Stage 16 loadshedding code seeks to reduce human error not signal imminent surge in cuts – Nersa

16th April 2024 By: Terence Creamer - Creamer Media Editor

Stage 16 loadshedding code seeks to reduce human error not signal imminent surge in cuts – Nersa

The National Energy Regulator of South Africa (Nersa) has belatedly moved to quell concern that its recent approval of a new loadshedding code of practice, which increases the number of potential stages from eight to 16, represents a signal that the prospect for higher levels of loadshedding is imminent.

Following extensive public consultations undertaken by the National Rationalised Specifications (NRS) Association of South Africa, the third edition of the NRS048-9 standard was approved by the regulator for use by Eskom and municipal system operators during times of electricity constraint.

It increases the number of loadshedding stages from the eight outlined in the second edition to 16 with the aim of preventing the system from succumbing to a blackout; a scenario from which it could take South Africa weeks to recover.

At Stage 16, which Nersa fulltime regulator for electricity Nhlanhla Gumede described as a “highly unlikely scenario”, 80% of demand would go unmet, and South African households and businesses would experience 32 hours of power cuts over a 32-hour period.

At Stage 8, a level not yet implemented by Eskom, 40% of the load would be shed, equating to 16 hours over 32 hours.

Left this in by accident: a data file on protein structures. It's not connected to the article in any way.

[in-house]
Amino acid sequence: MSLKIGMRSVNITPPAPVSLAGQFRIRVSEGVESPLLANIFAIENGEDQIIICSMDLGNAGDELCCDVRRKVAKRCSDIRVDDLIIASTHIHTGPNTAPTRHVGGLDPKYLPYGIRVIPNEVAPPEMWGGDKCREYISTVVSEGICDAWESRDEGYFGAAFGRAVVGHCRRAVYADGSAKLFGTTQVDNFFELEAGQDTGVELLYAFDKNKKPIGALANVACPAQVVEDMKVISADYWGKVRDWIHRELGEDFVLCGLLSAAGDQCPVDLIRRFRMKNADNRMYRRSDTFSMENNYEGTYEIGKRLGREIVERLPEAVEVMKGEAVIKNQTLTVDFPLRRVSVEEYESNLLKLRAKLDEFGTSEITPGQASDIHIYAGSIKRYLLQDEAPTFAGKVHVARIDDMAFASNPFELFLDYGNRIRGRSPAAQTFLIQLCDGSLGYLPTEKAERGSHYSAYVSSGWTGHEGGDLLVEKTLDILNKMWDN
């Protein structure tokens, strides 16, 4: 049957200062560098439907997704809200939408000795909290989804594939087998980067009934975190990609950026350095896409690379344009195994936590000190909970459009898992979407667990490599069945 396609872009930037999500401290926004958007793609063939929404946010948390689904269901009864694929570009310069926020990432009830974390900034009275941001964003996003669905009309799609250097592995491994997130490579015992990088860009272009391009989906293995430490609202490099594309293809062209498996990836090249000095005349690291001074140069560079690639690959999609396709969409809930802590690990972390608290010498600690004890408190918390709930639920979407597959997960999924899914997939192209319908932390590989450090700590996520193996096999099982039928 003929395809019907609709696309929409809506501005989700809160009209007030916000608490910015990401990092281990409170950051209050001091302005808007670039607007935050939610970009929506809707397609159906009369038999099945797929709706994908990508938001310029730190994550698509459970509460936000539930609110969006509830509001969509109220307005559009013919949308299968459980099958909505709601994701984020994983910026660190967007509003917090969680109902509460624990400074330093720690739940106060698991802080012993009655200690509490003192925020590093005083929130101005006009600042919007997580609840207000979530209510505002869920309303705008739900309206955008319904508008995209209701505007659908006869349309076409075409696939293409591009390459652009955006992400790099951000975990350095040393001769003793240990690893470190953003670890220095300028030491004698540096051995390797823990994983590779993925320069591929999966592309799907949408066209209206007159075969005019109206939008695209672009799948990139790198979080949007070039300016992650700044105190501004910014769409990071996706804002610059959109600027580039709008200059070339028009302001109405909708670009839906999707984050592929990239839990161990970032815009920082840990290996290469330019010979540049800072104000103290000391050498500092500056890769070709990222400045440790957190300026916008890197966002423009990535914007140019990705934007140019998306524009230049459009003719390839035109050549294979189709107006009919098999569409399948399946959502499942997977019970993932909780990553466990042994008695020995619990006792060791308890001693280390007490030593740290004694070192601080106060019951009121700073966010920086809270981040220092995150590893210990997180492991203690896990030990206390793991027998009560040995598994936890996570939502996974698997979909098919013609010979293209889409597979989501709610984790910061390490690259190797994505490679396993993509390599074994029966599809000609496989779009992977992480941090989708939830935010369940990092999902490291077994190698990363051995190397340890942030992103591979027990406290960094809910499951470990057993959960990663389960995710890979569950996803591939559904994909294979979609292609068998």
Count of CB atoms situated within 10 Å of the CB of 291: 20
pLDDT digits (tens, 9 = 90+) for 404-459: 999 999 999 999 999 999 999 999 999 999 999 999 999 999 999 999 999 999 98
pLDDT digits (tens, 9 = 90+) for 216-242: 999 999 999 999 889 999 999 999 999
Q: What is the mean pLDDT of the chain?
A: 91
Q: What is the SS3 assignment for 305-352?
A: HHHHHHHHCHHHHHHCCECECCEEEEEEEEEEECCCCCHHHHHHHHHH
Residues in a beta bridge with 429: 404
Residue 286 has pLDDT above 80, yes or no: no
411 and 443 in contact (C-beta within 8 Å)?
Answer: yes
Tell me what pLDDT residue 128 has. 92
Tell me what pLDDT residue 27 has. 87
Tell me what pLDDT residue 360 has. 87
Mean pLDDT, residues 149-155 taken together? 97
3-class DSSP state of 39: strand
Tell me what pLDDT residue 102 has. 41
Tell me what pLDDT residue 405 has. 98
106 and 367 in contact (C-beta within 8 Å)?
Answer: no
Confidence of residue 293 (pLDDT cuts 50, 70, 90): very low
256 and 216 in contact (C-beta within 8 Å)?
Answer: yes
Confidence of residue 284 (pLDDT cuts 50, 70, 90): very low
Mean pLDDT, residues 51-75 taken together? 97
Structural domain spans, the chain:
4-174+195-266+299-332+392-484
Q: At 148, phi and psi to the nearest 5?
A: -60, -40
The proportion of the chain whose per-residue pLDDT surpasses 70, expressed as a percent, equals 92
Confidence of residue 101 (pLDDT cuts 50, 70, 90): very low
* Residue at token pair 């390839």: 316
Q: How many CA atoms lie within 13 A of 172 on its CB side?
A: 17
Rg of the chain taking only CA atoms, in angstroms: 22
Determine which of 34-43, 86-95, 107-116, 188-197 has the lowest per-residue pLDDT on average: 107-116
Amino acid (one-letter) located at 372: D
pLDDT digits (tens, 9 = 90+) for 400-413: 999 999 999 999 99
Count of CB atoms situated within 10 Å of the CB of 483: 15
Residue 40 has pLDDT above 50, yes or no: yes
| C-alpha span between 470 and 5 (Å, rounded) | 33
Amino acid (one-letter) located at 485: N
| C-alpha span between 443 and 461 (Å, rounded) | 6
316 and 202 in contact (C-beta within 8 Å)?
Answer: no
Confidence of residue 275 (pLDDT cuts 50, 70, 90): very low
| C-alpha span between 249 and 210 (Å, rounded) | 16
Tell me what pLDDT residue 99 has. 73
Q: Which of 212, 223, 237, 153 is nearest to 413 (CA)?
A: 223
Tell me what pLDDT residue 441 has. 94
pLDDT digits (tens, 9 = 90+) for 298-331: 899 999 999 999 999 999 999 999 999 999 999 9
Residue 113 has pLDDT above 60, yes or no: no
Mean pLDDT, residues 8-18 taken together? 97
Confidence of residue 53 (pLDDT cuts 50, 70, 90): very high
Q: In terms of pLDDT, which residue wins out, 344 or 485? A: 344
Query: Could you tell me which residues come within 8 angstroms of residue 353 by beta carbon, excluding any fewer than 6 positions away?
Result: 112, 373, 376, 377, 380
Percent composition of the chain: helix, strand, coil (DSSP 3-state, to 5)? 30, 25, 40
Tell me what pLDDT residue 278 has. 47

The utility has already implemented loadshedding at Stage 6 on several occasions, which under the third edition of NRS048-9, involves 30% of the load not being met, or 12 hours of loadshedding over 32 hours.

In a media briefing hosted partly to explain the code and partly to allay fears, Gumede stressed that the approval of the new code was “not  an indication that greater levels of loadshedding are imminent”.

NRS Association management committee chairperson Vally Padayachee said the updated standard had been developed using a scenario-planning methodology across the entire country load so as to address critical uncertainties, “including the unlikely event of Stage 16”.

“In so doing, we significantly mitigated the propensity of human error,” he added.

Prior to the approval of the update to NRS048-9, Eskom and municipal system operators had no firm guidance regarding the implementation of loadshedding beyond Stage 8, which was left open to their discretion.

Padayachee argued that the lack of clear guidelines beyond Stage 8 posed a risk, particularly given that system operators would be making difficult decisions in an emergency situation where stress levels would be heightened, which could in turn increase the propensity for error.

The new code of practice, he added, would help prepare operators to protect the national electricity grid, as it outlined a structured and proactive approach to addressing a crisis should one arise.